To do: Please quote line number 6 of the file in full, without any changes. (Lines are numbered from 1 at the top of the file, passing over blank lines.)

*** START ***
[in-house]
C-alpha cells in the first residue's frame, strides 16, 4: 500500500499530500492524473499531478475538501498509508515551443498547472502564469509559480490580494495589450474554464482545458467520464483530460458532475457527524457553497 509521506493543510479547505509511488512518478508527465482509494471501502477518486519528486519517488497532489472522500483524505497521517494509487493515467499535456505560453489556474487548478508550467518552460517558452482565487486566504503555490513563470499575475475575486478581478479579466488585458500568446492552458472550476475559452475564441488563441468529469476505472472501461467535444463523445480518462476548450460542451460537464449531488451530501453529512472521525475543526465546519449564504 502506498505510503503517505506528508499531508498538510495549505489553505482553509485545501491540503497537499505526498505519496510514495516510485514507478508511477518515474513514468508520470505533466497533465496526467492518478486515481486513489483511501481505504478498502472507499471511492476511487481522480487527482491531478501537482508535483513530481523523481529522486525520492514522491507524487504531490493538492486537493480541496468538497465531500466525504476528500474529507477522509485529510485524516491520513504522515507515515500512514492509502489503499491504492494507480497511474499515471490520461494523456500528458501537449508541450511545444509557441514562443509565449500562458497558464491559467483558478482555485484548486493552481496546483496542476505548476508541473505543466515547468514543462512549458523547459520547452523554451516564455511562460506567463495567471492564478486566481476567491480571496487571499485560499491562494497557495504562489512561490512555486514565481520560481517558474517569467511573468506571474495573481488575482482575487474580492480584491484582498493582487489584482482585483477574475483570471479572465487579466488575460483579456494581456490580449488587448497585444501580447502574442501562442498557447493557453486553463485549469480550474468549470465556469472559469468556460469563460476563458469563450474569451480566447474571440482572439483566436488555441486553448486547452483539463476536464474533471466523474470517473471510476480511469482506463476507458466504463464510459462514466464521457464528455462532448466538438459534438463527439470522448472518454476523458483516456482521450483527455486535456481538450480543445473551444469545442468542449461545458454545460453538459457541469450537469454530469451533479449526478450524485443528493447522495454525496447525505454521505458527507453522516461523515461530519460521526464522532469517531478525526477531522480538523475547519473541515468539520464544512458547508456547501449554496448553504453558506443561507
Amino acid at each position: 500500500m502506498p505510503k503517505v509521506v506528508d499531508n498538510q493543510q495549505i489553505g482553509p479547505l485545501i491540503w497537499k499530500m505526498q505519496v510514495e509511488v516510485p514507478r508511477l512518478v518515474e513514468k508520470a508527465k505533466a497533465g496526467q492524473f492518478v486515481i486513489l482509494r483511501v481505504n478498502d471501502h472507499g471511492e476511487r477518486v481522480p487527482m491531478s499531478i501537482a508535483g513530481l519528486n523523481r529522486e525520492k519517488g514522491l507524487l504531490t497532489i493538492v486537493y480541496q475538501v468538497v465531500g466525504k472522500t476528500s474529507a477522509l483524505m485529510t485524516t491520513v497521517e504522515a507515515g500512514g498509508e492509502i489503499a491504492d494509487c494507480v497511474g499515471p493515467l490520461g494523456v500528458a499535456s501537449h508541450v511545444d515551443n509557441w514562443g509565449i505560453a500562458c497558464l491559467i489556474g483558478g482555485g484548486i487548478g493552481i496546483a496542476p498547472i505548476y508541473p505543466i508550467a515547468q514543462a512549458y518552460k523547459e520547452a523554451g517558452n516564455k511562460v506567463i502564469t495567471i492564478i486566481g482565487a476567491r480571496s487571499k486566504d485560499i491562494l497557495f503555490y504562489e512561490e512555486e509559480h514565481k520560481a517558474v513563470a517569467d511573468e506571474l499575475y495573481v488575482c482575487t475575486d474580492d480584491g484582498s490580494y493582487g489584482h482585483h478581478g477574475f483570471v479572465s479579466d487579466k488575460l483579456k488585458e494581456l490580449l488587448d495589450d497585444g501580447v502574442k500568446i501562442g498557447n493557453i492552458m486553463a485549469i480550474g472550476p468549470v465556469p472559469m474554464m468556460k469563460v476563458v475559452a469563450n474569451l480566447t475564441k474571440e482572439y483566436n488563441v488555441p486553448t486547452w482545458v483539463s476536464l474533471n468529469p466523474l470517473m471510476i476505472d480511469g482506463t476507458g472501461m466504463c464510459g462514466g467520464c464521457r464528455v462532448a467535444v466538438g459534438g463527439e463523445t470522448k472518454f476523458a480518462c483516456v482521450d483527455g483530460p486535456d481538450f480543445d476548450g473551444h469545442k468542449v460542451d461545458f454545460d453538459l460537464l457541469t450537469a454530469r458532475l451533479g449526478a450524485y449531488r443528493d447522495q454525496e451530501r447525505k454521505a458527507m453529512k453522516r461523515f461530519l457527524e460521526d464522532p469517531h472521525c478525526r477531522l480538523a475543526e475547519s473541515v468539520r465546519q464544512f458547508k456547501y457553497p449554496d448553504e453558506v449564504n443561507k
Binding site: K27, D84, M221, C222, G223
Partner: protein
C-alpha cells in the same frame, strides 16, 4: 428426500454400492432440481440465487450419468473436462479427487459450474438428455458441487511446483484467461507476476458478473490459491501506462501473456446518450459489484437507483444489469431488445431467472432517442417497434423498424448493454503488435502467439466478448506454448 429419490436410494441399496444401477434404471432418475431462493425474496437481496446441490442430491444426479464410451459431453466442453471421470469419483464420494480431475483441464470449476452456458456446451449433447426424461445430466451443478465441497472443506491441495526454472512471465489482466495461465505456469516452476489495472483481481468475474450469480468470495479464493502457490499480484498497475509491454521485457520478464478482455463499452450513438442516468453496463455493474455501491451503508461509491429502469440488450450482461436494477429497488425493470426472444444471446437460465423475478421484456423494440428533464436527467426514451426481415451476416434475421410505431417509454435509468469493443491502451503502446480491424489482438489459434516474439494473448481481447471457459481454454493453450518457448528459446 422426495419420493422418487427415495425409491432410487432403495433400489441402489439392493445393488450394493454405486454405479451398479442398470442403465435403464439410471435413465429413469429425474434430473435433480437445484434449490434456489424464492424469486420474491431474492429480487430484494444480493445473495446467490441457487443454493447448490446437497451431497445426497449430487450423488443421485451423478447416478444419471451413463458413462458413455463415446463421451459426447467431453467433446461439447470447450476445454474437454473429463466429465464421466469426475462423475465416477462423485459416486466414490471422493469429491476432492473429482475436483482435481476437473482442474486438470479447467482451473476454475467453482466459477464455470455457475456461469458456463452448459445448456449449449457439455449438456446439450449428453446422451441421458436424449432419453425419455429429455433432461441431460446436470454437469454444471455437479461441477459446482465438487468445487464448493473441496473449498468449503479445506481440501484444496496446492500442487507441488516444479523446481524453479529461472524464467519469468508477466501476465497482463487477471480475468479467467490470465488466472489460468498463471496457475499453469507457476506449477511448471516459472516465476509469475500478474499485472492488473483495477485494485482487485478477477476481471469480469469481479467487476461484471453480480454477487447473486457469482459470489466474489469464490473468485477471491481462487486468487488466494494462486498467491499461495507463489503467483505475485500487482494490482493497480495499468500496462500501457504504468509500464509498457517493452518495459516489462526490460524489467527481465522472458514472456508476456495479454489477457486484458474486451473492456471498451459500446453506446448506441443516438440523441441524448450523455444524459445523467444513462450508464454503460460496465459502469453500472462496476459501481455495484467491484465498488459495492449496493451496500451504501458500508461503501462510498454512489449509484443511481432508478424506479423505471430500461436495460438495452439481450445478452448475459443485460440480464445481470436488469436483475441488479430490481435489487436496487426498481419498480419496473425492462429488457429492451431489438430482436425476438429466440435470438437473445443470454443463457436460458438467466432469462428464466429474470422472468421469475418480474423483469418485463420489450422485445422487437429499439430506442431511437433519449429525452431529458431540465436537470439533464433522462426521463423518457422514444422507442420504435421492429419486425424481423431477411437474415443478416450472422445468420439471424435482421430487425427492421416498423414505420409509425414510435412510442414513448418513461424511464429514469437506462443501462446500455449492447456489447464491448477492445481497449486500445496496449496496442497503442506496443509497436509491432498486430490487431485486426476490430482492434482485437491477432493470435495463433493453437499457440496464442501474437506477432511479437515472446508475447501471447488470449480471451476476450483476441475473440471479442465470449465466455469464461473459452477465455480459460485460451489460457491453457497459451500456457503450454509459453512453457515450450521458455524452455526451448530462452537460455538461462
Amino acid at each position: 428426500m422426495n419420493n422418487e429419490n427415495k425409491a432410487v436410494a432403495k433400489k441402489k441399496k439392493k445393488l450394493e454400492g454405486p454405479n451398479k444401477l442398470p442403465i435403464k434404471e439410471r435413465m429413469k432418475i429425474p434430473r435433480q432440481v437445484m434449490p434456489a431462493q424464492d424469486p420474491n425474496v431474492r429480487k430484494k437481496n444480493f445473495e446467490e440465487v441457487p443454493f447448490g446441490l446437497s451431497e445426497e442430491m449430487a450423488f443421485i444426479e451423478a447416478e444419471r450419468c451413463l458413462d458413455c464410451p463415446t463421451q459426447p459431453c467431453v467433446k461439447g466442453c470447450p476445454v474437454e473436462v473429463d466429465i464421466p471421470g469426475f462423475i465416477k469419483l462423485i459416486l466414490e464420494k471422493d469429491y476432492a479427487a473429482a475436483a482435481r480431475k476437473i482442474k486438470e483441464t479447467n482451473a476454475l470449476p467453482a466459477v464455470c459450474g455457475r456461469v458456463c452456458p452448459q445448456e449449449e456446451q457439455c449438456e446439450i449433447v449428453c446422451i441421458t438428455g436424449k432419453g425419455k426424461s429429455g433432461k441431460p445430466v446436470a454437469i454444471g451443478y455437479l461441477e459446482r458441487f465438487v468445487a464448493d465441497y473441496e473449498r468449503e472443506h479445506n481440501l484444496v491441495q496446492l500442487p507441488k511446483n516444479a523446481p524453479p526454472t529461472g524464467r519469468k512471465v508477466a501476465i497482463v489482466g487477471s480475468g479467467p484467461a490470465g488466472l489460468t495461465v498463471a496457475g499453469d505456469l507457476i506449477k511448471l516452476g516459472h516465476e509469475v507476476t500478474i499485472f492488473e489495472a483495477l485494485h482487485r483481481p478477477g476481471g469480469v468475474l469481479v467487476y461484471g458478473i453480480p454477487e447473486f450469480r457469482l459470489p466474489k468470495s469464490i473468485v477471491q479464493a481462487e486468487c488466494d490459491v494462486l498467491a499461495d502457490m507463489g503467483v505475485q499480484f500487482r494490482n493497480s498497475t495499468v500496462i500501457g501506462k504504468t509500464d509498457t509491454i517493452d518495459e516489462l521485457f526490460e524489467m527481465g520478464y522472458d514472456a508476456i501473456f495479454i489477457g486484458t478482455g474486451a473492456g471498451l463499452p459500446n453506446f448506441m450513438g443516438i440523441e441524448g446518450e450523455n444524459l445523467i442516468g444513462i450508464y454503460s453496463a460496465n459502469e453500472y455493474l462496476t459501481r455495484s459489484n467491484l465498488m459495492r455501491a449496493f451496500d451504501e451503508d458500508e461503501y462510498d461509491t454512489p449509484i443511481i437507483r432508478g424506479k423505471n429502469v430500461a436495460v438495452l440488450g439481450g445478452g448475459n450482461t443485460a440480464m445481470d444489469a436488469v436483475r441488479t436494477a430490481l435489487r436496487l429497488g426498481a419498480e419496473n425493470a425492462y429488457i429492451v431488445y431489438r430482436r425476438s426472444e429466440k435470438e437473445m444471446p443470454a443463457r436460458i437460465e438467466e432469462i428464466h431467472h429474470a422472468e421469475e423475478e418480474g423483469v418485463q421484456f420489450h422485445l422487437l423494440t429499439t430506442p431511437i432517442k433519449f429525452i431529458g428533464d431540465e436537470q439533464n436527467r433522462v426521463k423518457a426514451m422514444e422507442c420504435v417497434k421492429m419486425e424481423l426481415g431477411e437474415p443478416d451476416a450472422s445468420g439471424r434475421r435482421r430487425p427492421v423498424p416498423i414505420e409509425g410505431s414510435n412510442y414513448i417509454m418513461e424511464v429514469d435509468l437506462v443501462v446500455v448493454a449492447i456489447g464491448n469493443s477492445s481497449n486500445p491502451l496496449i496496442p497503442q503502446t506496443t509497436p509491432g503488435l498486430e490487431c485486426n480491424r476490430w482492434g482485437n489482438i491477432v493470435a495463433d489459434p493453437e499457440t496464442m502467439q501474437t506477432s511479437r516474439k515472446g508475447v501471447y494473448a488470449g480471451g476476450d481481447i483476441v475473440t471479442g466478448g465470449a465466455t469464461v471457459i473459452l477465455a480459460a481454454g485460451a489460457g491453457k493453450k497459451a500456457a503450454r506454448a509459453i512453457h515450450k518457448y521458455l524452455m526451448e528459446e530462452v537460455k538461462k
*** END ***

C-alpha cells in the same frame, strides 16, 4: 428426500454400492432440481440465487450419468473436462479427487459450474438428455458441487511446483484467461507476476458478473490459491501506462501473456446518450459489484437507483444489469431488445431467472432517442417497434423498424448493454503488435502467439466478448506454448 429419490436410494441399496444401477434404471432418475431462493425474496437481496446441490442430491444426479464410451459431453466442453471421470469419483464420494480431475483441464470449476452456458456446451449433447426424461445430466451443478465441497472443506491441495526454472512471465489482466495461465505456469516452476489495472483481481468475474450469480468470495479464493502457490499480484498497475509491454521485457520478464478482455463499452450513438442516468453496463455493474455501491451503508461509491429502469440488450450482461436494477429497488425493470426472444444471446437460465423475478421484456423494440428533464436527467426514451426481415451476416434475421410505431417509454435509468469493443491502451503502446480491424489482438489459434516474439494473448481481447471457459481454454493453450518457448528459446 422426495419420493422418487427415495425409491432410487432403495433400489441402489439392493445393488450394493454405486454405479451398479442398470442403465435403464439410471435413465429413469429425474434430473435433480437445484434449490434456489424464492424469486420474491431474492429480487430484494444480493445473495446467490441457487443454493447448490446437497451431497445426497449430487450423488443421485451423478447416478444419471451413463458413462458413455463415446463421451459426447467431453467433446461439447470447450476445454474437454473429463466429465464421466469426475462423475465416477462423485459416486466414490471422493469429491476432492473429482475436483482435481476437473482442474486438470479447467482451473476454475467453482466459477464455470455457475456461469458456463452448459445448456449449449457439455449438456446439450449428453446422451441421458436424449432419453425419455429429455433432461441431460446436470454437469454444471455437479461441477459446482465438487468445487464448493473441496473449498468449503479445506481440501484444496496446492500442487507441488516444479523446481524453479529461472524464467519469468508477466501476465497482463487477471480475468479467467490470465488466472489460468498463471496457475499453469507457476506449477511448471516459472516465476509469475500478474499485472492488473483495477485494485482487485478477477476481471469480469469481479467487476461484471453480480454477487447473486457469482459470489466474489469464490473468485477471491481462487486468487488466494494462486498467491499461495507463489503467483505475485500487482494490482493497480495499468500496462500501457504504468509500464509498457517493452518495459516489462526490460524489467527481465522472458514472456508476456495479454489477457486484458474486451473492456471498451459500446453506446448506441443516438440523441441524448450523455444524459445523467444513462450508464454503460460496465459502469453500472462496476459501481455495484467491484465498488459495492449496493451496500451504501458500508461503501462510498454512489449509484443511481432508478424506479423505471430500461436495460438495452439481450445478452448475459443485460440480464445481470436488469436483475441488479430490481435489487436496487426498481419498480419496473425492462429488457429492451431489438430482436425476438429466440435470438437473445443470454443463457436460458438467466432469462428464466429474470422472468421469475418480474423483469418485463420489450422485445422487437429499439430506442431511437433519449429525452431529458431540465436537470439533464433522462426521463423518457422514444422507442420504435421492429419486425424481423431477411437474415443478416450472422445468420439471424435482421430487425427492421416498423414505420409509425414510435412510442414513448418513461424511464429514469437506462443501462446500455449492447456489447464491448477492445481497449486500445496496449496496442497503442506496443509497436509491432498486430490487431485486426476490430482492434482485437491477432493470435495463433493453437499457440496464442501474437506477432511479437515472446508475447501471447488470449480471451476476450483476441475473440471479442465470449465466455469464461473459452477465455480459460485460451489460457491453457497459451500456457503450454509459453512453457515450450521458455524452455526451448530462452537460455538461462